Joe Potato Farmer (JPF): “…this label says ‘may be Poisonous’…”

            APA: “well they could be!  They could be improperly stored, and contain huge amounts of Solanine!(sp?)”

            JPF: “Or, you know, they could not, and forcing me to label my product this would unnecessarily scare people off.  In comparison to, say, foods with enough sodium to send someone into a heart attack.”

            APA: “Well potatoes are scary!  Haven’t you heard of Posanto(tm), the giant evil Potato corporation?  They sue small farmers and spray pesticides everywhere!”

            JPF: “…then why aren’t you going after aggressive lawsuits and excessive pesticide use?”

            So I suppose the moral of this story is only women can fly and eat potatoes?  I dunno, I got a little lost in my argument somewhere there. 

      2. Or, you know, they might have actually paid attention to the mention that the US Academy of Sciences is on record as stating that there is no evidence for GM crops being harmful (and hence in need of warning labels). I’m a biologist, so this seems rather obvious to me, but science isn’t a field where everbody’s opinion is equally valid. If you don’t have the relevant expertise on a topic, you should defer to those who do. I just don’t get how many of the same people will accept human-caused global warming on the advice of the Academy and then turn around and ignore their advice on GM because of their “intuition” or something. Yes, there is a fringe of biologists who think GM crops are unhealthy, but they are the genetics equivalent of global warming denying meteorologists or anti-vaccination physicians.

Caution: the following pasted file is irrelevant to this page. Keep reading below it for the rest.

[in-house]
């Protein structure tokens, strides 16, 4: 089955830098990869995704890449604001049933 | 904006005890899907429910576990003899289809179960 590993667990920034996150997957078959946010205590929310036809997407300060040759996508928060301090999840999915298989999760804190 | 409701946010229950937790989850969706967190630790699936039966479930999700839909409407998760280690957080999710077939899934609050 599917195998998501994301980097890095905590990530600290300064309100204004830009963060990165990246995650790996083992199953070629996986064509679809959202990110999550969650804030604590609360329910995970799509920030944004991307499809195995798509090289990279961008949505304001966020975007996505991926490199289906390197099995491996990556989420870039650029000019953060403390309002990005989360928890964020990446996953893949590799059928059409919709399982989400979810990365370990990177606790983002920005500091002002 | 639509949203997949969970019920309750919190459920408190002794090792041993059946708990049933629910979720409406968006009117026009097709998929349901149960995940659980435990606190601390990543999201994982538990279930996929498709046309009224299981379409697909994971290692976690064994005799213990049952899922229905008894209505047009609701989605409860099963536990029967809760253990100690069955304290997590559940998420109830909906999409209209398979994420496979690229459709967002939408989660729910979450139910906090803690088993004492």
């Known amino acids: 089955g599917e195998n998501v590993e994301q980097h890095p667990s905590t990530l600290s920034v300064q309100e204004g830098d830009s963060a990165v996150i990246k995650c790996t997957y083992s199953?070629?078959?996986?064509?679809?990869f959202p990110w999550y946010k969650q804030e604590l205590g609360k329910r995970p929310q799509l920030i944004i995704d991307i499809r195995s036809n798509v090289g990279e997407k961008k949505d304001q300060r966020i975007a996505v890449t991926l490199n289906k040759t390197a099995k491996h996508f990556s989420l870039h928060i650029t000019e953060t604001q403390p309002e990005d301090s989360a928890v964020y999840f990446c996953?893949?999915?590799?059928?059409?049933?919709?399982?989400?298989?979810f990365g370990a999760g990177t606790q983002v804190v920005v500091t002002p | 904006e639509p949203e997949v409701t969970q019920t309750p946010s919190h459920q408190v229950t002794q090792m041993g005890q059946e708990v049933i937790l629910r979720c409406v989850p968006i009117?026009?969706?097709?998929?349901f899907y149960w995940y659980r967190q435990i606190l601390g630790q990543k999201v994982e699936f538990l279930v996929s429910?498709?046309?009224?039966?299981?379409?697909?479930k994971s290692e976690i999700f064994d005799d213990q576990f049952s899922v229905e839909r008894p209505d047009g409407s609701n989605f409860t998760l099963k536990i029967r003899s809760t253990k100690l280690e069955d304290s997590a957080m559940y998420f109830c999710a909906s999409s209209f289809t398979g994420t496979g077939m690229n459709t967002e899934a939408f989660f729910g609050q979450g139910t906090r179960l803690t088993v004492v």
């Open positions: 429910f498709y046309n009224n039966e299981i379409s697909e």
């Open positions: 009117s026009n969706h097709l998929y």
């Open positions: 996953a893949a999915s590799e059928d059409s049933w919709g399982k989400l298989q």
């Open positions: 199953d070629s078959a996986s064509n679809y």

1. There’s right and wrong and then there’s statements that don’t make enough sense to qualify as “wrong” in the sense of being the antithesis of a true statement.

            >>It’s not the GM crops that’s harmful, its the increasing use of pesticides and herbicides.

            That isn’t right and barely qualifies as wrong.

        1. Even Michael Pollan admitted this after the failure of Prop37:
          “But I think the important point about GM is that, if there were no genetically modified food, the problems of industrial agriculture will not go away. Everything would be kind of status quo ante…. It wouldn’t solve a whole lot of problems.”

          The video that came from is here:

          People aim at GMOs because it’s what they’ve been told, not because they understand the issue. It’s a proxy for all the stuff they hate (monocultures, patents, and herbicides). It’s very sad. This arena is so full of Dunning-Kruger. And they don’t know how bad their arguments are because they only talk to each other.

          1. Inevitably, someone will let slip that they hate GMOs for not providing them with a useful policy tool to advance their larger social agenda, as if scientists are supposed to be creating tools for social engineering. 

            Hey is that you M. F. S. ?  See you over at the great orange satan!

          2.  Yeah, ’tis. I don’t hang there much anymore. When they drove away sane, data-driven types and went too much with economic CTers I drifted away. CTers suck as allies.

  7. Too much of the 37 opposition seems to pander to the rural conspiracy subculture – the drought is caused by the government HAARP program, the cow died because it got sprayed by a “chemtrail” drone, but at least the bunker to fight off the invading UN troops is nearly finished. 

    1. Sadly, it was developed as a yield enhancer, but it was discovered high doses made a good weed killer, and it’s much more profitable to sell it as concentrated weed killer.

  8. The next time a similar proposition comes up, someone needs to spend more than 5 minutes writing it. 

    1) Cross contamination is inevitable. Will it lead to further outbreaks of mass hysteria? 
    2) Is there an acceptable threshold?  Detection hardware will be able to detect if non-GMA grain was even transported in a rail car previously used for GMO grain.  Do we need to construct an entirely separate supply chain which will still probably be unable to prevent parts-per-trillion cross contamination?